The Washington Post and Simon & Schuster imprint Scribner are planning to release a book version of special counsel Robert S. Mueller III’s report if it ever becomes public, the publisher announced Thursday.
The book is expected to contain the special counsel office’s findings in its investigation of Russian interference in the 2016 presidential election, as well as reporting by the Post into the controversy that has dogged President Trump and his administration in connection with the probe.
It's not a sure thing that the report will become public. The special counsel office is to submit its work to Atty. Gen. William Barr, who will then determine what to do with it, and it's far from certain that he'll release it to the public.
Andrew Coan, a law professor at the University of Arizona, told The Times that nobody can predict what will happen after Mueller submits his report to Barr.
"No one really knows or can predict with any uncertainty how this is going to play out," Coan said. "Not only do we not know what the attorney general is going to do with Robert Mueller's report, we don't know what Robert Mueller's report is going to look like."
The Post's book is to feature an introduction by journalists Rosalind S. Helderman and Matt Zapotosky, Scribner said, and be edited by Peter Finn, the Post's national security editor.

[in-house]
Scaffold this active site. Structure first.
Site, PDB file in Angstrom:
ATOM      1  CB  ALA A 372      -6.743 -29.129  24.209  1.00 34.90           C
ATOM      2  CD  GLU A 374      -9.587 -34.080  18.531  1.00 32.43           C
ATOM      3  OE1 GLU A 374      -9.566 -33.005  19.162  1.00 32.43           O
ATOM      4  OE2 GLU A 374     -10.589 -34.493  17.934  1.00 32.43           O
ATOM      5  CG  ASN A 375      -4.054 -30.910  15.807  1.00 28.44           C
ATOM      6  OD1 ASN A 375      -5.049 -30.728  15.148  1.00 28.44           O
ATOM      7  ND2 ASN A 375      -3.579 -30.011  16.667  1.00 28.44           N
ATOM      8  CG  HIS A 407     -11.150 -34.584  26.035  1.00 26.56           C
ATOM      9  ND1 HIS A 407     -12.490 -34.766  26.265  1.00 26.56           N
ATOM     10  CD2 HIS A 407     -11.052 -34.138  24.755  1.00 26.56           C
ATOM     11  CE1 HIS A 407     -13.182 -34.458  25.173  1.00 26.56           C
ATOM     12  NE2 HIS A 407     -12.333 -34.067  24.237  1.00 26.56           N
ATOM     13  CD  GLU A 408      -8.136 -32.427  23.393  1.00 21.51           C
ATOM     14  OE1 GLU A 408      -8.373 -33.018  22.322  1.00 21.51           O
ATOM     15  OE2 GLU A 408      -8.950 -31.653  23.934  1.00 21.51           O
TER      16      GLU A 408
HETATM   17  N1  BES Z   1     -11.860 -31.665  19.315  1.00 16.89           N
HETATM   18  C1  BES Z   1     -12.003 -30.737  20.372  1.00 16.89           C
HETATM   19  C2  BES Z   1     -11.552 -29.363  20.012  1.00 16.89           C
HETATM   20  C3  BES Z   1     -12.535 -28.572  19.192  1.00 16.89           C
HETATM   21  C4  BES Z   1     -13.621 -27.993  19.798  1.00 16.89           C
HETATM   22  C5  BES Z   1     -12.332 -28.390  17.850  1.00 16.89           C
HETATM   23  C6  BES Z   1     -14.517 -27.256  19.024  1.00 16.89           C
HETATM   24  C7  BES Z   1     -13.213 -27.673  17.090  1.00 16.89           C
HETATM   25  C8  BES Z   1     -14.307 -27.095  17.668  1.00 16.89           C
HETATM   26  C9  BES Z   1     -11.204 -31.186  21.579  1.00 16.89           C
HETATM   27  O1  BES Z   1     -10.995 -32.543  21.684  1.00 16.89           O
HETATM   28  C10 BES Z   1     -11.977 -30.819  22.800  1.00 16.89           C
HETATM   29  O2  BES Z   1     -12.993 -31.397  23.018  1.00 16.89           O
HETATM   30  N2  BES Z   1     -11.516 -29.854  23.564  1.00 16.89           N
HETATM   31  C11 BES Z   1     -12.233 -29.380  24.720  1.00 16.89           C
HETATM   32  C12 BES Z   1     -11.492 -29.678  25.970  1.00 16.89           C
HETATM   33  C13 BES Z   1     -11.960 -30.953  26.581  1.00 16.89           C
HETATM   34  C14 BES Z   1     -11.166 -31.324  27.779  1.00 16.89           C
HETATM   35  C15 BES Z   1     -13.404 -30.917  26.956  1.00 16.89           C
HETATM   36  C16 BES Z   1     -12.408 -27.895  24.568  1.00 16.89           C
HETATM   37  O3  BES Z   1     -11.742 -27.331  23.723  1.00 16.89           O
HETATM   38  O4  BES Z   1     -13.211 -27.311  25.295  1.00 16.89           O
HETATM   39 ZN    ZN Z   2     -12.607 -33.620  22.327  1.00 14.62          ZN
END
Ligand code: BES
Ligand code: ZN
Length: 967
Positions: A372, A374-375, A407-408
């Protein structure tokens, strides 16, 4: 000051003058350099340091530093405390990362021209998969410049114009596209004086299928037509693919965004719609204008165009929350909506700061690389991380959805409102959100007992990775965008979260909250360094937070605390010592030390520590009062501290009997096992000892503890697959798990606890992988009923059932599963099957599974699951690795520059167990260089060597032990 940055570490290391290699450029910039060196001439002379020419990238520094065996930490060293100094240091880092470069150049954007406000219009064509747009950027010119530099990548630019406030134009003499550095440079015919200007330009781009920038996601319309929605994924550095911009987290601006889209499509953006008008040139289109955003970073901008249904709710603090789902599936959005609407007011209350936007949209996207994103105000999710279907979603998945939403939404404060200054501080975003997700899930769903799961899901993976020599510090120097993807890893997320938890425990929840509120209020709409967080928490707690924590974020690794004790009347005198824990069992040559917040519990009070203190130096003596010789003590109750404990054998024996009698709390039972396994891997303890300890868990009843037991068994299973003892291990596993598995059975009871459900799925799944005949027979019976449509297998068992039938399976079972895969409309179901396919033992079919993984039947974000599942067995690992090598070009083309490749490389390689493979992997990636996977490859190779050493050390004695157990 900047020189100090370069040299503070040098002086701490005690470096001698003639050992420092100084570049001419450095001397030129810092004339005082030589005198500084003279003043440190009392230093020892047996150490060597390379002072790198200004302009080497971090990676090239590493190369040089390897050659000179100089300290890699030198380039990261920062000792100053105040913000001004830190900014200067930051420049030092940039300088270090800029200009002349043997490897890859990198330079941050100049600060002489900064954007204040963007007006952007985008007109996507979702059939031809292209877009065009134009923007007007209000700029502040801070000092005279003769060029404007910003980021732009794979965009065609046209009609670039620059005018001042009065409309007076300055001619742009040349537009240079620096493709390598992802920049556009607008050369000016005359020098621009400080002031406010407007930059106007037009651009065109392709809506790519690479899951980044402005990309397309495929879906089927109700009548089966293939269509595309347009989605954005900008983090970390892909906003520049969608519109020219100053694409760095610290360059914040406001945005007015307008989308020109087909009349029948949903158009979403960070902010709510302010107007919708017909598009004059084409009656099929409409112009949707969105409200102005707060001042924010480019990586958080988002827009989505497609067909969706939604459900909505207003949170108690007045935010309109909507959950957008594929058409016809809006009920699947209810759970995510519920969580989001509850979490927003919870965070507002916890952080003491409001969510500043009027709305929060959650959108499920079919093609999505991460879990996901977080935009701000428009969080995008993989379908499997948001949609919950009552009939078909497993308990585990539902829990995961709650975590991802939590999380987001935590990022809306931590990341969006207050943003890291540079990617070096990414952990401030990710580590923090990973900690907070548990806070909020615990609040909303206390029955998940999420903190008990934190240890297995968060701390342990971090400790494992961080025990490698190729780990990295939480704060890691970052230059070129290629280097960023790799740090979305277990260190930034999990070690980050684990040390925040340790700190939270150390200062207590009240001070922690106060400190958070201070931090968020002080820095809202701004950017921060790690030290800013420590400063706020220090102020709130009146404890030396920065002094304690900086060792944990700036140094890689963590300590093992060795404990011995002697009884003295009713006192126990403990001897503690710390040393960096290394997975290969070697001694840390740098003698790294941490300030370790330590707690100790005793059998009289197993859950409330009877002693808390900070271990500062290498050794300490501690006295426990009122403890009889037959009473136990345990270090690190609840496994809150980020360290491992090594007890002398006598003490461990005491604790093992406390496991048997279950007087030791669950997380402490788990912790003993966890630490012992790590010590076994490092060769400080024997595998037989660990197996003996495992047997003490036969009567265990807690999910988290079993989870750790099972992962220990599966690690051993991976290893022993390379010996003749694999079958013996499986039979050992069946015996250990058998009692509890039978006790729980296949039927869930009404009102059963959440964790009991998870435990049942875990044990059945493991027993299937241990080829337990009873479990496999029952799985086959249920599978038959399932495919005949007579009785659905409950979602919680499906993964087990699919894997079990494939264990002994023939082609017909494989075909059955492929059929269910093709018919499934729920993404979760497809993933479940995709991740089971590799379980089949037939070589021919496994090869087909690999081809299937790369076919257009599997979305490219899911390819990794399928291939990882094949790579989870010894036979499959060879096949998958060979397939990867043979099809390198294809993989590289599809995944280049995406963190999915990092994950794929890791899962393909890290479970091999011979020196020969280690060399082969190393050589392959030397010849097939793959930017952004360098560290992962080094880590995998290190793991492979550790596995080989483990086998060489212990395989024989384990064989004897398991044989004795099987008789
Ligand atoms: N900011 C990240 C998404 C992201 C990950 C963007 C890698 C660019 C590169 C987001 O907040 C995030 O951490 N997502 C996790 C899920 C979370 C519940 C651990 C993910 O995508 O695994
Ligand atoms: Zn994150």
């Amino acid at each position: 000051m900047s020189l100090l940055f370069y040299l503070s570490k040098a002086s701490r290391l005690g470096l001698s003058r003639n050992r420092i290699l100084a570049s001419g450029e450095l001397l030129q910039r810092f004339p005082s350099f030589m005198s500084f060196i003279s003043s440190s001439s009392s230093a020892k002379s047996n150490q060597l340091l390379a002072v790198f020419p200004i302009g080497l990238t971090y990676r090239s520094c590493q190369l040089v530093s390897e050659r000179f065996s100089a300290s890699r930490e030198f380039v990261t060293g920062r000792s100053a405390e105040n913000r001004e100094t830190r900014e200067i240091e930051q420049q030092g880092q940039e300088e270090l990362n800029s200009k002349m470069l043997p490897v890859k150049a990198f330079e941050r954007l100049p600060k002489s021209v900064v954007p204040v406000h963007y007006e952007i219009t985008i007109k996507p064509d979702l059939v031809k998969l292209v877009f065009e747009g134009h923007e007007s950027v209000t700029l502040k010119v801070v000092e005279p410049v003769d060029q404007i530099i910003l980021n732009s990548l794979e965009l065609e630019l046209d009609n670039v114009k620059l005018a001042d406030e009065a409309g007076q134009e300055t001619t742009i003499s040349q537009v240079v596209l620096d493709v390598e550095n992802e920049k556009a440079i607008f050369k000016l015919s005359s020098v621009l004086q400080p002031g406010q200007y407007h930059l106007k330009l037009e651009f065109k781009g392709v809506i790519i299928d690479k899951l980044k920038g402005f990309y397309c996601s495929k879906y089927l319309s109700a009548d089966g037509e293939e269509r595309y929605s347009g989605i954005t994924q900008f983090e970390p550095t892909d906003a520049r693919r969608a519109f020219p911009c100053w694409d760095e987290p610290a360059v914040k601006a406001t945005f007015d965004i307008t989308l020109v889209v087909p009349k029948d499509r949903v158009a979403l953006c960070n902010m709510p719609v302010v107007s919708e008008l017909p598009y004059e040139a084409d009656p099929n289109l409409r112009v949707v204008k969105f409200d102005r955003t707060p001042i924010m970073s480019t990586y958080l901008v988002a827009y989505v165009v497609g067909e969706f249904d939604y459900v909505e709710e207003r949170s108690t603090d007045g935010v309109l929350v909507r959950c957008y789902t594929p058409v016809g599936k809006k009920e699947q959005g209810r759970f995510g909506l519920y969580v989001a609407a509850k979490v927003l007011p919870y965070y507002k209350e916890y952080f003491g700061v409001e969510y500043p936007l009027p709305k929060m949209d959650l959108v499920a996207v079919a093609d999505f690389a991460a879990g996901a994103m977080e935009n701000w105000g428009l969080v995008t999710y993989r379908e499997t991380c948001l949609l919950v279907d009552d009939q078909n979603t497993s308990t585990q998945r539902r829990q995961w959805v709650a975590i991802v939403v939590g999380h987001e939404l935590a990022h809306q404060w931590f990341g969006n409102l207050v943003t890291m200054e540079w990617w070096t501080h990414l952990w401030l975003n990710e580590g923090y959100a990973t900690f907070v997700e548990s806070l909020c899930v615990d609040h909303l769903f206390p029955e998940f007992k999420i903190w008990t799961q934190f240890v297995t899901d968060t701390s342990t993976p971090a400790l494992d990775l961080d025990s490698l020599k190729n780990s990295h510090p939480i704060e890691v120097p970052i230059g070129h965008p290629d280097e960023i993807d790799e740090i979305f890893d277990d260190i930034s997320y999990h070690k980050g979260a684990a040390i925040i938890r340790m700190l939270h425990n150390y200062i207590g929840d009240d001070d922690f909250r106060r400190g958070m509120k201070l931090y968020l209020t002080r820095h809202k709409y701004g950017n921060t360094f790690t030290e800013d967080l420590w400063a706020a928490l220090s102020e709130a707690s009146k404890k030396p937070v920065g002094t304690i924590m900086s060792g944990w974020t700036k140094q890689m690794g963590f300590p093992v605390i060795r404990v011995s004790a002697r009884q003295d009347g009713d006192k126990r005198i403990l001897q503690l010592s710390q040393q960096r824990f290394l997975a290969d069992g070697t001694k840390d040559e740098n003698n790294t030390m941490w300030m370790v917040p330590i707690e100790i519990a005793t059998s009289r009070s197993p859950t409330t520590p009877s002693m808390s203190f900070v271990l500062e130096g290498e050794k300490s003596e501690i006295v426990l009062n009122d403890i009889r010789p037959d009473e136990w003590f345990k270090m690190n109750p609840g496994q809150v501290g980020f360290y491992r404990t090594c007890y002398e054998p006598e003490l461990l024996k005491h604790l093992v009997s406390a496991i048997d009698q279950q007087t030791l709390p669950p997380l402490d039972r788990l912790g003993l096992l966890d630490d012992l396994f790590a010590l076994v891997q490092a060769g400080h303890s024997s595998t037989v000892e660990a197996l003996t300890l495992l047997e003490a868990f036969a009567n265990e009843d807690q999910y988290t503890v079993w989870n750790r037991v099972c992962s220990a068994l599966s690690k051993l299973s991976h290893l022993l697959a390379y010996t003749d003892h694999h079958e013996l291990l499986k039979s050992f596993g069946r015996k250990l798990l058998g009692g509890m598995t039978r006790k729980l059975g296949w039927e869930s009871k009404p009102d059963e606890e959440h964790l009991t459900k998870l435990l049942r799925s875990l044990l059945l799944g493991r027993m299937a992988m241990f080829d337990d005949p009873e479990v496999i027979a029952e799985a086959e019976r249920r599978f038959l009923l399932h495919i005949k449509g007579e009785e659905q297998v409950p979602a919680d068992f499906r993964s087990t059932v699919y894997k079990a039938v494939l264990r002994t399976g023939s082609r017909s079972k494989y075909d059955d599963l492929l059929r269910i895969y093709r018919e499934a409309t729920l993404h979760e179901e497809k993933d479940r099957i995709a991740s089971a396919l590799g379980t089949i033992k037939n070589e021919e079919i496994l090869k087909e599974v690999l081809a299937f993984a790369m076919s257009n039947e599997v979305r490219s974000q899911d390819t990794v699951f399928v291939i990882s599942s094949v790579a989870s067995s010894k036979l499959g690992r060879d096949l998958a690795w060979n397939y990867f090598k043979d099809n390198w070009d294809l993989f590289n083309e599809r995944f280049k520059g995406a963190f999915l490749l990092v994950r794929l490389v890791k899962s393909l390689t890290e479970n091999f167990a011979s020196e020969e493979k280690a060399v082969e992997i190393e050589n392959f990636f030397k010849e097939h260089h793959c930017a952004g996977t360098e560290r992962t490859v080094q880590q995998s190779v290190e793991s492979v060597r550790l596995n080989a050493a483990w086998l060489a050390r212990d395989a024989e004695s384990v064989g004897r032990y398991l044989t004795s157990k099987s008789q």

It will also cover the criminal indictments that have resulted from Mueller's investigation, Scribner said. So far, over 30 people have faced charges related to the investigation, including Trump's former campaign chairman, Paul Manafort, who was convicted of fraud last year.
Post Executive Editor Martin Baron said that the planned book will come at "a supremely important moment in American history."
"The Post has dedicated vast reporting resources to the special counsel’s investigation and the events that led to it, and we are now proud to join with Scribner in providing context and perspective," he said.
Government reports have been published as books before, sometimes to critical acclaim. In 2004, W.W. Norton & Company published the 9/11 commission report as a book; it was later named a finalist for the National Book Award for nonfiction.
And in 2014, indie press Melville House published the Senate Intelligence Committee's report on torture by the CIA.